Mexico’s Migration Law provides that undocumented aliens who enter the country without authorization may be deported. Aliens who overstay their visas or engage in activities different from those authorized may apply for legal status, provided that applicable requirements are met. Those requirements include paying a fine ranging from twenty to one hundred days of the general minimum daily wage in force in Mexico’s Federal District. As of March 2013, the general minimum daily wage in the Federal District was $64.76 Mexican pesos (approximately US$5.20).
Legalization of Undocumented Immigrants
Undocumented aliens may apply for immigration status provided that applicable requirements are met. More specifically, undocumented aliens residing in Mexico have the right to apply for legal status if they
- are married to, or have a common law marriage with, a Mexican national or legal resident in Mexico;
- have Mexican children or parents, or are guardians of Mexican nationals or legal residents in Mexico;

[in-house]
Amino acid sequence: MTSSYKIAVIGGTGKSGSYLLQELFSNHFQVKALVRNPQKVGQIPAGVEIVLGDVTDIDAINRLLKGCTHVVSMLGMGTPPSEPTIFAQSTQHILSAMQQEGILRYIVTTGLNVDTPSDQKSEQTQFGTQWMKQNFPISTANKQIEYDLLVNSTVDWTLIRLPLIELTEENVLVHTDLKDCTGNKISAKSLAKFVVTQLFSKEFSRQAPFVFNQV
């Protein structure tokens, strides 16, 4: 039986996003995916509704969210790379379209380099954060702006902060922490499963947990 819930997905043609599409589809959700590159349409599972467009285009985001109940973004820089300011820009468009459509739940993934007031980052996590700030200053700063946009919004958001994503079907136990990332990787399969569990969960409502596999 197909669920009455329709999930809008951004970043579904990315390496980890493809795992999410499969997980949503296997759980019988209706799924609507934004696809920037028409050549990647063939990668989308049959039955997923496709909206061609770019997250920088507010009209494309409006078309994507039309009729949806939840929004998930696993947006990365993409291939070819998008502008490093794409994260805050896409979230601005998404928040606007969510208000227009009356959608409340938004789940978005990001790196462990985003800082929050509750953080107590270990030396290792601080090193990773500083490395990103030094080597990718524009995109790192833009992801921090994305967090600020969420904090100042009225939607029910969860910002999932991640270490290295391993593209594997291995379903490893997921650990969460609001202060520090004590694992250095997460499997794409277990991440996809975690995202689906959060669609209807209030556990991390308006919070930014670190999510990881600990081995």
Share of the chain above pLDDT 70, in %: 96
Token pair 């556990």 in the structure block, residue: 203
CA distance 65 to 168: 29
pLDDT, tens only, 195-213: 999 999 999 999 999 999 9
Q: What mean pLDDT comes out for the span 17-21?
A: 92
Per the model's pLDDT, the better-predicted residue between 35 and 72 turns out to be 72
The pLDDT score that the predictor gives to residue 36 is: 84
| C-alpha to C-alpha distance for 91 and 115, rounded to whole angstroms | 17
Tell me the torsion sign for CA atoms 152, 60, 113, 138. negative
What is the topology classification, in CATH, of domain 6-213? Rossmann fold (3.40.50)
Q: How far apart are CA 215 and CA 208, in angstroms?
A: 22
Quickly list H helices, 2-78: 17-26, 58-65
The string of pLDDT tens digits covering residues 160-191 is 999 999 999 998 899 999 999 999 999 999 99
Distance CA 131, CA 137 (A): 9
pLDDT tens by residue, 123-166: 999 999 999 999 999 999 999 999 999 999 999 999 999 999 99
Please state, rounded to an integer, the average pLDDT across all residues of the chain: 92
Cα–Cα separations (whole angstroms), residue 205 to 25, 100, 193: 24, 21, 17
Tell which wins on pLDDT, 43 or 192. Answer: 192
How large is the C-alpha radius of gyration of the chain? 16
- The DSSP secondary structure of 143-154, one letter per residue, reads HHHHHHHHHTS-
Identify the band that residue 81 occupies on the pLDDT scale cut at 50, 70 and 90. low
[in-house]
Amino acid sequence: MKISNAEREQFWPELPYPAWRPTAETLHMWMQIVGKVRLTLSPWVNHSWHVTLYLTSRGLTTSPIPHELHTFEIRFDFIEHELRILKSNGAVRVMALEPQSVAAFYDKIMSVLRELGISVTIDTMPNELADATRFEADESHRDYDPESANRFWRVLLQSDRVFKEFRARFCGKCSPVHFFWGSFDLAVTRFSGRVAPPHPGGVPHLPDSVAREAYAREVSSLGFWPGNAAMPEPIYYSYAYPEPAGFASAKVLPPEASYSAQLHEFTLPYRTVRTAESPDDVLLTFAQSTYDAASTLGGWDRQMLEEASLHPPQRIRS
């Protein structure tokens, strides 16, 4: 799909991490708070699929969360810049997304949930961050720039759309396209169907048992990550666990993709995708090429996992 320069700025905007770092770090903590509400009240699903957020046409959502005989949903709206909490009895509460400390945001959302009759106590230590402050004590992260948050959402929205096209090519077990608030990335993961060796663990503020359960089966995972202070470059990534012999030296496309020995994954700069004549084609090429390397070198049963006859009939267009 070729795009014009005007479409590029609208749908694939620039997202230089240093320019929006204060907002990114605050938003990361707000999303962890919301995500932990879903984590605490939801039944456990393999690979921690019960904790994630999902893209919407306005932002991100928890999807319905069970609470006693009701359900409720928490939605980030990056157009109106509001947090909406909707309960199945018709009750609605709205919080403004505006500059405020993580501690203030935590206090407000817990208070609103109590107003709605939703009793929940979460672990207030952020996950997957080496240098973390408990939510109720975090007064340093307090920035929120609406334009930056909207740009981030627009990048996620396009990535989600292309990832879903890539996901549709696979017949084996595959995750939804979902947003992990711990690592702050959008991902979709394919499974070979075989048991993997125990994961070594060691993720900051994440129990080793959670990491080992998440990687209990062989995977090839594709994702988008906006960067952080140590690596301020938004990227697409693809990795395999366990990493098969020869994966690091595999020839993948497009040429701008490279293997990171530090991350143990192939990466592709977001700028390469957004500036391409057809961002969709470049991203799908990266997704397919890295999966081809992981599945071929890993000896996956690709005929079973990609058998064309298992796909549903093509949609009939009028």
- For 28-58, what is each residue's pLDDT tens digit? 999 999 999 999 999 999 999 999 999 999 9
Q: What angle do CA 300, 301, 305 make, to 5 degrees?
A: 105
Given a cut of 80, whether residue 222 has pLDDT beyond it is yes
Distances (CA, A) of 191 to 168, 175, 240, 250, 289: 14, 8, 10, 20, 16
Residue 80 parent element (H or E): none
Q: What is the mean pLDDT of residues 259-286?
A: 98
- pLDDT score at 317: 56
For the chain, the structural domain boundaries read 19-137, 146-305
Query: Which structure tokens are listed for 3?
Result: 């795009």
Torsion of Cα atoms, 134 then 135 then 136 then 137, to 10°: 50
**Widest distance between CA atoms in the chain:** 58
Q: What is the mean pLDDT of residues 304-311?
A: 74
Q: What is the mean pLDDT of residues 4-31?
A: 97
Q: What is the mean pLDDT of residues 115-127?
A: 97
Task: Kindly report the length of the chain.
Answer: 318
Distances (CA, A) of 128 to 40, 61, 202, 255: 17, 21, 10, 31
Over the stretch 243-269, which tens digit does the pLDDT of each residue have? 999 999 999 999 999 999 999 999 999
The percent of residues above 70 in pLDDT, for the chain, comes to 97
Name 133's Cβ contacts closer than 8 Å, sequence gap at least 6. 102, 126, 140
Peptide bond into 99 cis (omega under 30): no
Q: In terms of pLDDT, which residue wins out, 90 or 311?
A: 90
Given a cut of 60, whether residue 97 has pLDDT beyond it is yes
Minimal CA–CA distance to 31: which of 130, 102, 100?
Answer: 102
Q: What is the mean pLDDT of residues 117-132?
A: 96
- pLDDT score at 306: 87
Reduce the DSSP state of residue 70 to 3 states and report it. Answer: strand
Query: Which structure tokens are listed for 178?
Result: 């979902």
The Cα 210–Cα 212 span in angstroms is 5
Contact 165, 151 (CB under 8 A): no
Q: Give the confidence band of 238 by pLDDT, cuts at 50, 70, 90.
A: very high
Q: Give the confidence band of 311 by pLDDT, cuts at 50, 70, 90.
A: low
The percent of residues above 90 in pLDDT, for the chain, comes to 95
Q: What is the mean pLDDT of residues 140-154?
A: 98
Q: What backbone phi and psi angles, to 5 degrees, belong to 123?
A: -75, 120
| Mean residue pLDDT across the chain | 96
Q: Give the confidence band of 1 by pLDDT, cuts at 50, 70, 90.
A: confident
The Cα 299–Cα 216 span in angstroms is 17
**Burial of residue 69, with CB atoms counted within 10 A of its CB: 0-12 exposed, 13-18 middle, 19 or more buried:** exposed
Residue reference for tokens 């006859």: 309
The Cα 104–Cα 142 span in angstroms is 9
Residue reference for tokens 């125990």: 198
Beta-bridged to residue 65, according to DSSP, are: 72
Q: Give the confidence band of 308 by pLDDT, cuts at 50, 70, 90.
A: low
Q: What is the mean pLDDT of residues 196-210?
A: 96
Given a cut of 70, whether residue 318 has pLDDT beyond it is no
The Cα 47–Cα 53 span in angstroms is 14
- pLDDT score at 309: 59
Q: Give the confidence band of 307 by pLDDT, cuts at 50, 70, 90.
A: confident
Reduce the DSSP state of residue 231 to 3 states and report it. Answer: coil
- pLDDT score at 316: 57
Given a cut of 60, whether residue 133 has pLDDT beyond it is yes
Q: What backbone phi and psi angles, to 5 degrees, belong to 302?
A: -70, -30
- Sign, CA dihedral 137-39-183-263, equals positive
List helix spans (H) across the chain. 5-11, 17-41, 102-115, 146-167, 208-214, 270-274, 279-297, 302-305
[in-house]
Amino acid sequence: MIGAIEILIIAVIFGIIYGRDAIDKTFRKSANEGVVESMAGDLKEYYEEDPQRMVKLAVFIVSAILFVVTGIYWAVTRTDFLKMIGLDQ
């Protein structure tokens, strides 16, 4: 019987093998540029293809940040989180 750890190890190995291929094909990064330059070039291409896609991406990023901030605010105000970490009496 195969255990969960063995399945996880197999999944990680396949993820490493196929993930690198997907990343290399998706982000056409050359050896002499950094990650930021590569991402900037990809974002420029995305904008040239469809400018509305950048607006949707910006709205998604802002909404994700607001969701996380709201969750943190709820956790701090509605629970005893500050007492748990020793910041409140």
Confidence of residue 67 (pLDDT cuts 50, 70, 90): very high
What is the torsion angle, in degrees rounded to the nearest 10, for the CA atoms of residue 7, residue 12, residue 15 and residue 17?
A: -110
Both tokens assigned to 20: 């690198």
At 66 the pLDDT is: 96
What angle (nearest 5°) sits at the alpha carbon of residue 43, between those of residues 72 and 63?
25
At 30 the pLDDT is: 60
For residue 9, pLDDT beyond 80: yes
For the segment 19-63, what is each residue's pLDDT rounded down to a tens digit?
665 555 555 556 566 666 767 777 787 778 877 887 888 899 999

- are identified by Mexican authorities as victims or witnesses of a serious crime committed in Mexico;
- have a level of vulnerability that makes it difficult or impossible for them to be deported; or
- are children and adolescents subject to international abduction and restitution procedures.
In addition, aliens who have overstayed their visas, engage in activities different from those authorized, or simply lack the necessary documentation to prove legal status may apply for immigration status provided that applicable requirements are met. Generally, undocumented aliens who wish to apply for legal status must